Energy intensive industries, such as the mining and minerals sector, are under pressure from governments, investors, and society to reduce carbon emissions even as demand for these minerals grow. With most industry players commitment to achieve net-zero emissions by 2050, it is crucial that the mining industry is very deliberate about how it meets the energy needs for its operations, and how it decarbonises.
Speaking to customers on the side-lines of this year’s Mining Indaba conference in Cape Town, South Africa, GE Gas Power’s Executive, Oluwatoyin Abegunde said: “The complementary strength of gas and renewables plays a critical role in delivering lower carbon, and more reliable electrical power generation. As Sub-Saharan Africa balances the need for more access to power, along with the push towards more sustainable energy sources, the accelerated and strategic deployment of renewables and gas power together can reduce carbon emissions quickly.”
GE has been collaborating with energy stakeholders to deploy innovative technologies tailored to respond to the needs of the mining sector. In Botswana, GE gas turbines are providing Orapa diamond mines’ 90 MW turbine power plant facility with reliable power, as well as supplementing the country’s energy needs. In Nigeria, GE’s gas turbine technology is supporting Dangote Cement in Obajana located in North Central Nigeria, to reduce unplanned downtime, improve operational efficiency and become energy self-sufficient.
“Adding renewables as quickly as Africa can afford to, while also switching significant coal or diesel generation to gas, will be required to help address climate change with the required pace and scale,” said Abegunde. “In Africa, where historically diesel and Heavy Fuel Oil (HFO) have dominated the power generation landscape, GE’s technology offers a reliable, cost effective and sustainable pathway for reducing carbon emissions for industry players in the mining and metals, plastic, paper and pulp, and chemicals industries, among others.”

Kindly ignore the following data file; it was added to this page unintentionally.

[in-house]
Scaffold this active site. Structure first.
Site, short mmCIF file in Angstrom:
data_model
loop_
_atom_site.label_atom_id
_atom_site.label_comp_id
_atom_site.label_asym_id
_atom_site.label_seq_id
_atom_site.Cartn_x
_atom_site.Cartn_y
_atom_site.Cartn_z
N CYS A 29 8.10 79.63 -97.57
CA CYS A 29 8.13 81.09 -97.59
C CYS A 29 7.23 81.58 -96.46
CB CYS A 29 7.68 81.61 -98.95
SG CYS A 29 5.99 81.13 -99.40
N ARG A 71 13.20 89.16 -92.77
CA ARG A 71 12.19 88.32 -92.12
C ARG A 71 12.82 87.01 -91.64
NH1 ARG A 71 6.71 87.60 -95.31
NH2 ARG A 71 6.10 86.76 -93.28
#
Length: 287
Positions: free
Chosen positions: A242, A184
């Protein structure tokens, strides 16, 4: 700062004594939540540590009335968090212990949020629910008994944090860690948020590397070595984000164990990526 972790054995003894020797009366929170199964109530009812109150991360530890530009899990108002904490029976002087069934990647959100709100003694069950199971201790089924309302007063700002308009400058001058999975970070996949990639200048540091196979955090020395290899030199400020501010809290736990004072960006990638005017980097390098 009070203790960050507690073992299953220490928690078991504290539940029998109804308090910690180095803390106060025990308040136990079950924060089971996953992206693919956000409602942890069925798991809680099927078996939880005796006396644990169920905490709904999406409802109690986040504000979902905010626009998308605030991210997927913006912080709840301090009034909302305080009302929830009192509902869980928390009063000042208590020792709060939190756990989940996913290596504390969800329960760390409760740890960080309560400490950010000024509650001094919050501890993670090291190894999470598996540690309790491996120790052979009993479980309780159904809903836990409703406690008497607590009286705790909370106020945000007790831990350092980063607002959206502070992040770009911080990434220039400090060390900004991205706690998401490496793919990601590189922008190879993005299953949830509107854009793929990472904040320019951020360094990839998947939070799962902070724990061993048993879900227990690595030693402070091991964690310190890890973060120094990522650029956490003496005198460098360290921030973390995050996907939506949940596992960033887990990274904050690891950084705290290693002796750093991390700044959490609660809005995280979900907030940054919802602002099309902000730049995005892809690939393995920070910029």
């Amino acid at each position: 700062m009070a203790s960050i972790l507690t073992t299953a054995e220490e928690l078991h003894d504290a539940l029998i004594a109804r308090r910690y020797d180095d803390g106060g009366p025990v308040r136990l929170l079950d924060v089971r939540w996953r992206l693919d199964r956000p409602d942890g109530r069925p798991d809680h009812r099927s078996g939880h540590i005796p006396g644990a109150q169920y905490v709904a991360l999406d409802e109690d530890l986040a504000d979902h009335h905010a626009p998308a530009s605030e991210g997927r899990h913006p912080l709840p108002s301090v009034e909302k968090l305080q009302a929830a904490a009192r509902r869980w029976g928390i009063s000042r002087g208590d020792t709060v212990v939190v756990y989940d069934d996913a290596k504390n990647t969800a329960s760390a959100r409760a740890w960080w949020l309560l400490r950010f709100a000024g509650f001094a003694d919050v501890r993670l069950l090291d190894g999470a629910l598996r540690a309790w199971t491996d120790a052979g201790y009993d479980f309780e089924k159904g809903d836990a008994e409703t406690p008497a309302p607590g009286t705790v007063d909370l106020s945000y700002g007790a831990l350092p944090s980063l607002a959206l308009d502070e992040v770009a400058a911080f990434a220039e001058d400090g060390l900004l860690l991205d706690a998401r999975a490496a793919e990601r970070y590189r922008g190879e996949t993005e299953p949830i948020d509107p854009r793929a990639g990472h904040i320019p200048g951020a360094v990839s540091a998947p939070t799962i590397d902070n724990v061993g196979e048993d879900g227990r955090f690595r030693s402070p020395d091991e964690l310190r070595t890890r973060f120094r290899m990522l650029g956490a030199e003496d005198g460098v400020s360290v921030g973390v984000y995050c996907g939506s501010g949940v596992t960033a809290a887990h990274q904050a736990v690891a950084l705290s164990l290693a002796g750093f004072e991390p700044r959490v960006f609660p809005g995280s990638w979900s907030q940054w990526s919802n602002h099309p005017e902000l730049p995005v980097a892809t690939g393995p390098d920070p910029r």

Thermal hybrid applications, involving the interfaced operation of a thermal asset with a renewable and/or an energy storage asset, are expanding the possibilities of electricity generation. GE says its aeroderivative gas turbines are the ideal solution for mining operations as they are light weight with a smaller footprint and with lower carbon emissions, high cycle elasticity and shorter downtime than competing technologies. Aeroderivative gas turbines can also be used in thermal hybrids for a variety of industrial applications like mining and metals.
Abegunde notes that GE is a leader in combustion technology. GE’s gas turbines can operate on a wide variety of gas and liquid fuels. Gaseous fuels include natural gas, liquefied natural gas (LNG), flare gases, lean methane, refinery gases, as well as ethane, propane, and other higher molecular weight hydrocarbons, ie natural gas liquids (NGLs) and liquid petroleum gas (LPG). Liquid fuels include diesel (also known as light distillate or diesel fuel oil, biodiesel, condensates, crude oils, and heavy/residual fuel oils).